I was born in the summertime. My ancestors lived in warm weather nearly year round. This leads me to believe that I am not built for cold weather. However, being born and raised in New York City, I've adapted to some cold. I have learned how to layer up and prepare for most temperature ranges. That said, the winter always takes me by surprise. I always find myself saying "This winter MUST be colder than last year!" even though that's probably not at all true.
Instead of spending too much time complaining about the weather, I've decided to celebrate the beauty in the cold. With my camera in tow, I've been wandering around the snowy city (and surrounding parts) ready to capture what fills some folks with joy, but just makes me wear tights under my jeans and long-sleeve tees under my dresses.
I found I do best when the weather is cold, the winds are still, and the scene is drenched in sunlight. But I still desperately long for spring. I'd love to wear a jacket and not a coat. I would also very much enjoy not wearing double socks and being able to walk out of the house with wet hair without the fear of icicles developing at the ends of my curls.
So with baseball's spring training just around the corner, I've decided to share a set of photos dedicated to celebrating winter. I'd like to think of this as a indefinite moratorium on winter, at least until this time next year.
Quite a few years ago, I had a conversation with a colleague about mentorship. She mentioned that she didn't mind being a mentor but found it exhausting and often not worth her time. Then, I was younger, looking for guidance and surprised by her thoughts. Now, I understand her meaning. Let me explain.
I believe information should be free and that knowledge is power. Currently, we are in the age of "instant-ity"; you can get most information you need pretty easily from the convenience of your cellphone, laptop or even television. Thus it appears that information is, for the most part, free and that you can wield power over your own existence through the knowledge you've obtained via this information. But this is where the problem lies, and ultimately the disconnect between generations lately. Continue reading "Mentorship in the Age of Instant-ity"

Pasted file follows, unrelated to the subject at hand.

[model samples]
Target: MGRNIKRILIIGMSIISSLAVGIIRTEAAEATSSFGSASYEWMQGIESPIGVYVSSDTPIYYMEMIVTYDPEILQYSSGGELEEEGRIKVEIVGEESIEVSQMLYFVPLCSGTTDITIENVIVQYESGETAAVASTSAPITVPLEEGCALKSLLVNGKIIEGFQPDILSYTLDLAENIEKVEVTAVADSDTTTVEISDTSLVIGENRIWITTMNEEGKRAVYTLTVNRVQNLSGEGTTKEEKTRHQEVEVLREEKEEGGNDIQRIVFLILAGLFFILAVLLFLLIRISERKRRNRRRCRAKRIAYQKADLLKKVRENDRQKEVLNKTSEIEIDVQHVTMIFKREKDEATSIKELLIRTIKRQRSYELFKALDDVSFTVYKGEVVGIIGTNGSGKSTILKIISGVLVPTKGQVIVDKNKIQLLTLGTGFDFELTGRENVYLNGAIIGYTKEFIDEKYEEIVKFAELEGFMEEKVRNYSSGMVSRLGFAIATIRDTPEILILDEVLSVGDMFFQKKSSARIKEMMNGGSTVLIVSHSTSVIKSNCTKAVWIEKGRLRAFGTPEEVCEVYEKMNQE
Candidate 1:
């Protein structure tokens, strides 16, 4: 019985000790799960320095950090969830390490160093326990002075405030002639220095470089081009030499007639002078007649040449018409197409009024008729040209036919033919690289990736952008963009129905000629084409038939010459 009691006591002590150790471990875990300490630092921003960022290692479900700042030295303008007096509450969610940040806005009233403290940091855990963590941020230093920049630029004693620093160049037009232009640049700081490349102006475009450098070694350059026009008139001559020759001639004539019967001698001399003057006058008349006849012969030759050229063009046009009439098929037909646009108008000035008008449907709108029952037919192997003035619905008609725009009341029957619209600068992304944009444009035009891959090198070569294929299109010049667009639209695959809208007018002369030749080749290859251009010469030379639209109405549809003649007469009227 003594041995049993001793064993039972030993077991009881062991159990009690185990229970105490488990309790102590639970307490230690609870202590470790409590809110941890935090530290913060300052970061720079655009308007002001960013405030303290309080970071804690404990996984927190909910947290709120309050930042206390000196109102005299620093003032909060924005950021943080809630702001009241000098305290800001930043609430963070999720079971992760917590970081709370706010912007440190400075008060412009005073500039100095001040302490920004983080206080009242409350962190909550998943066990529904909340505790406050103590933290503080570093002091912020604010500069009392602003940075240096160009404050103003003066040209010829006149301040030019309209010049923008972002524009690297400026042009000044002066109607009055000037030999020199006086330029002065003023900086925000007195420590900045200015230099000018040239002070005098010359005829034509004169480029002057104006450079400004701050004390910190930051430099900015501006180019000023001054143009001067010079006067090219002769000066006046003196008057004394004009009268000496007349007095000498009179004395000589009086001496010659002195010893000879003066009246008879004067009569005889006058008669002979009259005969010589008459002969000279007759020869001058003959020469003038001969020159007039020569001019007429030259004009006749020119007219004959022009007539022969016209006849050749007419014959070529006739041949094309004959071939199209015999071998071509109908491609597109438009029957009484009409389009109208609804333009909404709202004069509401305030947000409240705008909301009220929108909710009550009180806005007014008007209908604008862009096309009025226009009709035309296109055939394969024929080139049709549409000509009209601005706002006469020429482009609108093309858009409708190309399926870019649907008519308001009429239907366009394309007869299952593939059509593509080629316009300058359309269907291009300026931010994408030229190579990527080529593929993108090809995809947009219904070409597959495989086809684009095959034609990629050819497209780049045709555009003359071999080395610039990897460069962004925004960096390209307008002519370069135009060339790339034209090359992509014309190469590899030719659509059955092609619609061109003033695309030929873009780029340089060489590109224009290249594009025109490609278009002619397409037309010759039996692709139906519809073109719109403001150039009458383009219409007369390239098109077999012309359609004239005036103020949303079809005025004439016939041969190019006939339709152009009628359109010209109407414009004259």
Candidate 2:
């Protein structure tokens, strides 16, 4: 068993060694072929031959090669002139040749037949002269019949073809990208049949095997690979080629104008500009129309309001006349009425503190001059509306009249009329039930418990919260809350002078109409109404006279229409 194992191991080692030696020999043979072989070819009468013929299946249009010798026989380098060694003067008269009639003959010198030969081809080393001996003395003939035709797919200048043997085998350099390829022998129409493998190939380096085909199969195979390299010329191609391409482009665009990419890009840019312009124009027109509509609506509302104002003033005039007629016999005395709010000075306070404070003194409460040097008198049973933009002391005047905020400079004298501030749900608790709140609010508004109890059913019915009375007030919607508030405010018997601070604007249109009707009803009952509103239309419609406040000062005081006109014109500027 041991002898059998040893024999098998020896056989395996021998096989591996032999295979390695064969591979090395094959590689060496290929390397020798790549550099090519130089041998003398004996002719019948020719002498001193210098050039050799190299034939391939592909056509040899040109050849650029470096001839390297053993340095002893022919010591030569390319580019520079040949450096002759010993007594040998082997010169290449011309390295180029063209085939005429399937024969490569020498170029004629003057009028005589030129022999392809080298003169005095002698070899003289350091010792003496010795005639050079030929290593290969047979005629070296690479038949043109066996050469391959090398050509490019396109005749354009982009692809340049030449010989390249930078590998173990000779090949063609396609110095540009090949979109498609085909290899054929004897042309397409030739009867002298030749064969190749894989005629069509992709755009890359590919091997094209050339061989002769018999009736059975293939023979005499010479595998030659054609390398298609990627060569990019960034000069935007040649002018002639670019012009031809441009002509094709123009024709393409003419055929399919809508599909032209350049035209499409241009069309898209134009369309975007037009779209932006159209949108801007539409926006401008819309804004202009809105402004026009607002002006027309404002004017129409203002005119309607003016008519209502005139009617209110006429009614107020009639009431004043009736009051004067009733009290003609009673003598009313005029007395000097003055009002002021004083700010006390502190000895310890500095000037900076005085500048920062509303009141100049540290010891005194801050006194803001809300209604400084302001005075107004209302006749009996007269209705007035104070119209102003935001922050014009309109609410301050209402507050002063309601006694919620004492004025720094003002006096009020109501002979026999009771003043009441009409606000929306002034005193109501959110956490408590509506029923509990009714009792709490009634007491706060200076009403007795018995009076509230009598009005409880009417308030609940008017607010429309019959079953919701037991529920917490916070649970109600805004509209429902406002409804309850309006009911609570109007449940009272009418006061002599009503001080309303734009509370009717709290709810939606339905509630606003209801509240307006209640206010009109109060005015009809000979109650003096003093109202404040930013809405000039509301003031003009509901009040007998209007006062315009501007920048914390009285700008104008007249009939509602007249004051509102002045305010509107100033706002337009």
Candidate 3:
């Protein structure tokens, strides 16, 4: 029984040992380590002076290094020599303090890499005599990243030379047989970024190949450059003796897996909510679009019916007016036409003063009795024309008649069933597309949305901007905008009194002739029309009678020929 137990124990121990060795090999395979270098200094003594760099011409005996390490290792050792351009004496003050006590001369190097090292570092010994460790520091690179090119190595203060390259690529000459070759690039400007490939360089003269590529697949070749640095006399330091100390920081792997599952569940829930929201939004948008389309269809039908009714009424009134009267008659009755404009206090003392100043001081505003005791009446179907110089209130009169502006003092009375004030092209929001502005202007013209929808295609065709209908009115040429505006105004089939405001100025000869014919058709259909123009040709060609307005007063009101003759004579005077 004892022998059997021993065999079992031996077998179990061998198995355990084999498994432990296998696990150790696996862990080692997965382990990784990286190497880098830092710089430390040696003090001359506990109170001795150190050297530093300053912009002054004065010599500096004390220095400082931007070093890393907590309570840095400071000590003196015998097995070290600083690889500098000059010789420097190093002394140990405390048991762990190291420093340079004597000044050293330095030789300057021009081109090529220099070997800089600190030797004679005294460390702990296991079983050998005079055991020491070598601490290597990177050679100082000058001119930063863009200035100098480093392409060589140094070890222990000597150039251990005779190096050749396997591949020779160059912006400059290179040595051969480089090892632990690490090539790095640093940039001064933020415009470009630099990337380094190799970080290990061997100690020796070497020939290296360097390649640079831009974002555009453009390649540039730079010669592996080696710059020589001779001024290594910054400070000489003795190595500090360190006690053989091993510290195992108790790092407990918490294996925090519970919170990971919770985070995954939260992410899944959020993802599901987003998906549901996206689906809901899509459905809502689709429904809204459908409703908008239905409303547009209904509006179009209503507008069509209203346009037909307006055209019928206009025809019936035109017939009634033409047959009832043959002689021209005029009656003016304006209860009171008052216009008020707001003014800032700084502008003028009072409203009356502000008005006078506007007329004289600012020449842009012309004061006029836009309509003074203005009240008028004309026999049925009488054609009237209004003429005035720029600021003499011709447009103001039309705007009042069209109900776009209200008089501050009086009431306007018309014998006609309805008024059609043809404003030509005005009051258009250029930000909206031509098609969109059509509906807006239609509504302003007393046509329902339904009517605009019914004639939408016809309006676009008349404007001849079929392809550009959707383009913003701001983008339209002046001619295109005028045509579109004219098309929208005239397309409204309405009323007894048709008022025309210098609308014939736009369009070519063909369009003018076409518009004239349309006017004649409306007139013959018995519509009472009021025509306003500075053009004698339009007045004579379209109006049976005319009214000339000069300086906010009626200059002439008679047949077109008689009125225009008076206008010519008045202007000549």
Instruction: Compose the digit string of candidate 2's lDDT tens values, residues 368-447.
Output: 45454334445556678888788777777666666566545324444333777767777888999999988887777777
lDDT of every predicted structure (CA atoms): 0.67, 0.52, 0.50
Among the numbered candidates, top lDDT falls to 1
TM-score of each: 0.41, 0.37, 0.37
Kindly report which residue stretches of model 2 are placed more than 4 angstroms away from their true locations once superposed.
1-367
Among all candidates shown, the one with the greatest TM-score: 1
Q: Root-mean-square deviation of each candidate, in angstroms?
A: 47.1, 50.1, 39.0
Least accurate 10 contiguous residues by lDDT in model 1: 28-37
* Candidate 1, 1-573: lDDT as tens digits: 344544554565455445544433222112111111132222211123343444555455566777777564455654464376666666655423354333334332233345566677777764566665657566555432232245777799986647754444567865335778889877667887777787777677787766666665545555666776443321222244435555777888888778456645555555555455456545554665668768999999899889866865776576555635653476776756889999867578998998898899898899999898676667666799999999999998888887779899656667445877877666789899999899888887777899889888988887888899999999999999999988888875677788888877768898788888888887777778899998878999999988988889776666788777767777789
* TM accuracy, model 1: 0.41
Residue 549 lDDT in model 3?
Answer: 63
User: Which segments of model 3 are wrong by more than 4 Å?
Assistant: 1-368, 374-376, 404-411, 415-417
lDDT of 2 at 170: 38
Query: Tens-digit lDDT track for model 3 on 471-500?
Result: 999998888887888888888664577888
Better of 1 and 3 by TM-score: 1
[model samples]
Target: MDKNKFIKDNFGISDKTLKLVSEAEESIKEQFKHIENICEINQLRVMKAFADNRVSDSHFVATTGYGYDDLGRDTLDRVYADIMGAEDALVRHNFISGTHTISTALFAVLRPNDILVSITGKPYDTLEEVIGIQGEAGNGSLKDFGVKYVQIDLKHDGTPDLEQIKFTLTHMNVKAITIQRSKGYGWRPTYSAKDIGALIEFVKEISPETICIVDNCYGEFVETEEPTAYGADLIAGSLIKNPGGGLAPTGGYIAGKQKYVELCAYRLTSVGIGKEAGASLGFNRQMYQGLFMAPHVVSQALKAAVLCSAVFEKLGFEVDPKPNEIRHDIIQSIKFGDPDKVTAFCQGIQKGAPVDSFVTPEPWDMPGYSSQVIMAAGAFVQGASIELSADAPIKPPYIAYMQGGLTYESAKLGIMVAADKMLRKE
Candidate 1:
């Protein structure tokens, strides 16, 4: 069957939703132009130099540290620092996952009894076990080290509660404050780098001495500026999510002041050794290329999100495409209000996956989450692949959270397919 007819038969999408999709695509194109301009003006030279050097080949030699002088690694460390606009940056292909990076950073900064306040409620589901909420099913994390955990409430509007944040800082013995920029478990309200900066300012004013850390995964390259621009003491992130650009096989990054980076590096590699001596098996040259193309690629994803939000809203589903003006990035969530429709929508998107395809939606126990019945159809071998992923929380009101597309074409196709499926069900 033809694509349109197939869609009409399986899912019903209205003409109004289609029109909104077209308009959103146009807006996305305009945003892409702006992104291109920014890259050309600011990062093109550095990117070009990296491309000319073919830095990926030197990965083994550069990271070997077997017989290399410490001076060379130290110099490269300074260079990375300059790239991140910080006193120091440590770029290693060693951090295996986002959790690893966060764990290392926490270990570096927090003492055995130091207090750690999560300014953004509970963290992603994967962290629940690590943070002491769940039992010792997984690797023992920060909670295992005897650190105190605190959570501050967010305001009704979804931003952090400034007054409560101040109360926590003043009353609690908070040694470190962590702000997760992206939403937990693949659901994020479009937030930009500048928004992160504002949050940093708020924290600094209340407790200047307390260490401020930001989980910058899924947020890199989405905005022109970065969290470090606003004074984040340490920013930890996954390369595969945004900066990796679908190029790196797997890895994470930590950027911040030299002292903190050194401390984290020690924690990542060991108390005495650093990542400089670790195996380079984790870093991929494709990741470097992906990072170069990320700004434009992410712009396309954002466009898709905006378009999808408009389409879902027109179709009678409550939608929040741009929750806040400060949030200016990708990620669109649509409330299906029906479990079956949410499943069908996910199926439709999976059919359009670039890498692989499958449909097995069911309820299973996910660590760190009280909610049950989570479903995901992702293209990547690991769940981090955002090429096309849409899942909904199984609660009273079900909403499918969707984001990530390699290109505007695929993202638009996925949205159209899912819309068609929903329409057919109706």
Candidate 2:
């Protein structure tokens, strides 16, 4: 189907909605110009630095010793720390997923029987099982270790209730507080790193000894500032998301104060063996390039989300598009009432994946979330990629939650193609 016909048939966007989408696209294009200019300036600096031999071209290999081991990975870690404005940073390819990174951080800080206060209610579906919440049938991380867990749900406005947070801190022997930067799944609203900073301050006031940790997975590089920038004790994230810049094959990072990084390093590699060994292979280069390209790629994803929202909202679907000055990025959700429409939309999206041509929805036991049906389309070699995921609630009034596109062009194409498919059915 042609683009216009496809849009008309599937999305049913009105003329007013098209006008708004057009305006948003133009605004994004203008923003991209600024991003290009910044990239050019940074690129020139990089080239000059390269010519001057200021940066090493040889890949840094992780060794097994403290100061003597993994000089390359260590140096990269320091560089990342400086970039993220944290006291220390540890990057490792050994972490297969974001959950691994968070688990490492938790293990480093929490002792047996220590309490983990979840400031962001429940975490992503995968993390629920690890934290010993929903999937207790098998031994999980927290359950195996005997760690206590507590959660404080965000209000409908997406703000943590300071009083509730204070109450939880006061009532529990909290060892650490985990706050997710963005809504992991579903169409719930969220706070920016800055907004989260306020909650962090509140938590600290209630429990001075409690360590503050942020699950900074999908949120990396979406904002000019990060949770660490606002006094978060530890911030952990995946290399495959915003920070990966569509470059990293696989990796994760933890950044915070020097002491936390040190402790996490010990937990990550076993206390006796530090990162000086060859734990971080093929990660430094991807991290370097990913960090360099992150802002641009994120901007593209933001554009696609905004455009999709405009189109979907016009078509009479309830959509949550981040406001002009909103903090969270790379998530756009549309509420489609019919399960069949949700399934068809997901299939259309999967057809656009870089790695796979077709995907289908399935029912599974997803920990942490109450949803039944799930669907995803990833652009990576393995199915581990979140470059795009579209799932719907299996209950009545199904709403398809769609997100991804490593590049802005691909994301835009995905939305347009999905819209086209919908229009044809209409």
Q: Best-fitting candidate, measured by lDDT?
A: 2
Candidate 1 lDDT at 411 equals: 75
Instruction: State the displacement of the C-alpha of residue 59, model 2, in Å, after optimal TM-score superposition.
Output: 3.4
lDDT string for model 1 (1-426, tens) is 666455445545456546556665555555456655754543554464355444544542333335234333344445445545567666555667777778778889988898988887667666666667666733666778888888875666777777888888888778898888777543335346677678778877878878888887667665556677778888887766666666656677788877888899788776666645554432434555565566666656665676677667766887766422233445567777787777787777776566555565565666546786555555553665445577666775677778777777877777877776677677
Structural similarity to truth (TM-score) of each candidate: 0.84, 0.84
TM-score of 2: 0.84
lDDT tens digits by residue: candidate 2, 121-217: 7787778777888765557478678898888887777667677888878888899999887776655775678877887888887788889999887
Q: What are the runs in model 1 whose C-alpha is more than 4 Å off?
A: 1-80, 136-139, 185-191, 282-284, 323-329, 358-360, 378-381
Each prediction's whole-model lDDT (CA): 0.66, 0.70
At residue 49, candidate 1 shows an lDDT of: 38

Yesterday, Apple (Apple Computer, the company behind my beloved iPhone) changed their homepage to read that on Tuesday November 16th, a big announcement was coming from iTunes. Over the years, Apple has made lots of big announcements but usually they are pretty easy to forecast. For example, around "back to school" season, Apple usually has a music event where they'll release new iPods and refresh iTunes software. This big announcement, in the middle of November, was not really in keeping with Apple's usual release cycle. My first thought: The Beatles must be coming to iTunes.
And turns out, I was correct! The Apple.com homepage changed to reveal that The Beatles have officially come to iTunes. The new content available for purchase on iTunes now includes the fab four's 13 studio albums as well as video content (concerts, commercials, and etc). As a big Beatles fan, I'm really happy to see their catalog added to iTunes; but truthfully, it's far more important than just making me happy. A lot of folks on the internet (well, in my twitter-verse at least) are making noise about being somewhat disappointed by this announcement. It's actually a really big deal for The Beatles' members and their estates, as well as a big deal for Apple Computer. However, it's a much bigger deal for music history. Continue reading "Why The Beatles on iTunes is Important"
I'll preface this post by saying that I'll try to post stuff somewhat more regularly. Well, I could post way more regularly, but then it would be a bunch of stream-of-consciousness-type gibberish that wouldn't really be worth reading anyway. So yeah, that's my excuse for taking FOREVER to post this.
Back on topic — this year, bidding summer adieu was a lot more difficult. The summer of 2010 was full of beach days, music, movies, good food and great friends. And while I had a great time, there are still things I didn't get a chance to do this summer (Visit Coney Island or Atlantic City — for outlet shopping, obviously! Drink copious amounts of homemade iced peppermint tea! Take swimming lessons!). However, I'll gladly take what I can get: roadtrip + rock climbing in Kentucky; pig roast + bioluminescent algae in Maryland; baseball, concerts and just truly awesome, terrific people in New York City.
The following is a photographic recap (in no particular order) of many of the things that made my summer pretty memorable this year!